May was a busy month. Apart from helping establish then launch a real estate and mortgage business (Bees Homes) I was in Lisboa for Social Now and London for KM Legal UK.
I attended both in the expectation of learning more about the onrush of Artificial Intelligence and its implications for the Knowledge Management profession.
Specifically, I wanted to see how the encouragingly styled Talent and Knowledge Matching / Profiling systems might tackle the challenges of knowledge loss when people depart, of onboarding when people arrive and identifying / ranking expertise that might otherwise be opaque when pulling together teams.
It’s not a new topic: back in the late 90’s I was Business & Strategy Advisor to Sopheon PLC when we acquired Organik (a technology for identifying expertise) and built systems for US Insurers looking to establish the best teams for clients based upon expertise. We never cracked it even though we knew what the issues were (usually motivation)!
Armed with a list of ‘use cases’ I’d worked on with Martin White I set off in search of answers to these questions from both vendors and KM practitioners?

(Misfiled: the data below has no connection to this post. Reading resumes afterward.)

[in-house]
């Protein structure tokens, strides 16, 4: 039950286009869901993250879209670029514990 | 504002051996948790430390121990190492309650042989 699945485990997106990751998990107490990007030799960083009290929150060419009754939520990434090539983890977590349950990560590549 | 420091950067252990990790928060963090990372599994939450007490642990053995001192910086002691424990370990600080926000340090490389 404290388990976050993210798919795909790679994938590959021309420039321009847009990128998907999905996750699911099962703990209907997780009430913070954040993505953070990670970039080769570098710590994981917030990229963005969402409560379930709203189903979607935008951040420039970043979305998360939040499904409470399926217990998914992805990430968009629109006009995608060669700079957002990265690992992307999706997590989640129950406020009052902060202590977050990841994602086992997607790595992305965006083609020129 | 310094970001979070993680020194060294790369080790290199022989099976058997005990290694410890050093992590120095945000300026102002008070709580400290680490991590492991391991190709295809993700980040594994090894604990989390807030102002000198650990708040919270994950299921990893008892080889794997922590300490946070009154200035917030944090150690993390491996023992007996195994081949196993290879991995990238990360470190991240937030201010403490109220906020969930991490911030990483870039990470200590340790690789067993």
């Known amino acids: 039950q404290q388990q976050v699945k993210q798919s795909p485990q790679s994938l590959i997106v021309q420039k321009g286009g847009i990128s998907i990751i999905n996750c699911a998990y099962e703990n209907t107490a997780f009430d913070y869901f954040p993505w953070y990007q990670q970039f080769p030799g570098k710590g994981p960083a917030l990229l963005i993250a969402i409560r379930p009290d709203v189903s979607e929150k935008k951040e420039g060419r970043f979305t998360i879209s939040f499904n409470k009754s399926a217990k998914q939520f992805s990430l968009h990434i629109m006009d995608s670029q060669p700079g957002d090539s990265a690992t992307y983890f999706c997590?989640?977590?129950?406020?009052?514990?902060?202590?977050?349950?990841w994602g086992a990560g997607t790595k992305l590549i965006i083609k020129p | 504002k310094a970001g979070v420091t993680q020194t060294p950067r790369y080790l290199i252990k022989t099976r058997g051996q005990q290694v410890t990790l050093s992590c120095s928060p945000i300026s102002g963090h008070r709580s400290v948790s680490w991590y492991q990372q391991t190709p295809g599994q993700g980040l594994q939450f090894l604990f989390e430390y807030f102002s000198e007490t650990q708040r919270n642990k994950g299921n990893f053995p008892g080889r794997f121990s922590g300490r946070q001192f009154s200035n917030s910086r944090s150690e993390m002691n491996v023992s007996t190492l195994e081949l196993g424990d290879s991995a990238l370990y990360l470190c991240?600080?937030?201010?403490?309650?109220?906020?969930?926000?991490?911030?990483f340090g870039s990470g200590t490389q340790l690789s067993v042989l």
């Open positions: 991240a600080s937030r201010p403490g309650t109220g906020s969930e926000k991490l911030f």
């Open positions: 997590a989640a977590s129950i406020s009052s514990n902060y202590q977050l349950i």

- Onboarding: A new employee with many years of highly relevant experience joins the firm. How long will it be before their experience is ranked at the same level as their predecessors?
- Legal: Is the profiling process compatible with the provisions of the General Data Protection Regulation? The thoughts of the Information Commissioner on this are worth a look. Profiling & Automated Decision Making
- Functionality: Do they offer the ability to present a list of people ranked by expertise?
- Language: In multinational companies where it is especially difficult to know all the experts, how does the vendor coppe with the fact that documents, meetings and social media traffic will be in local languages?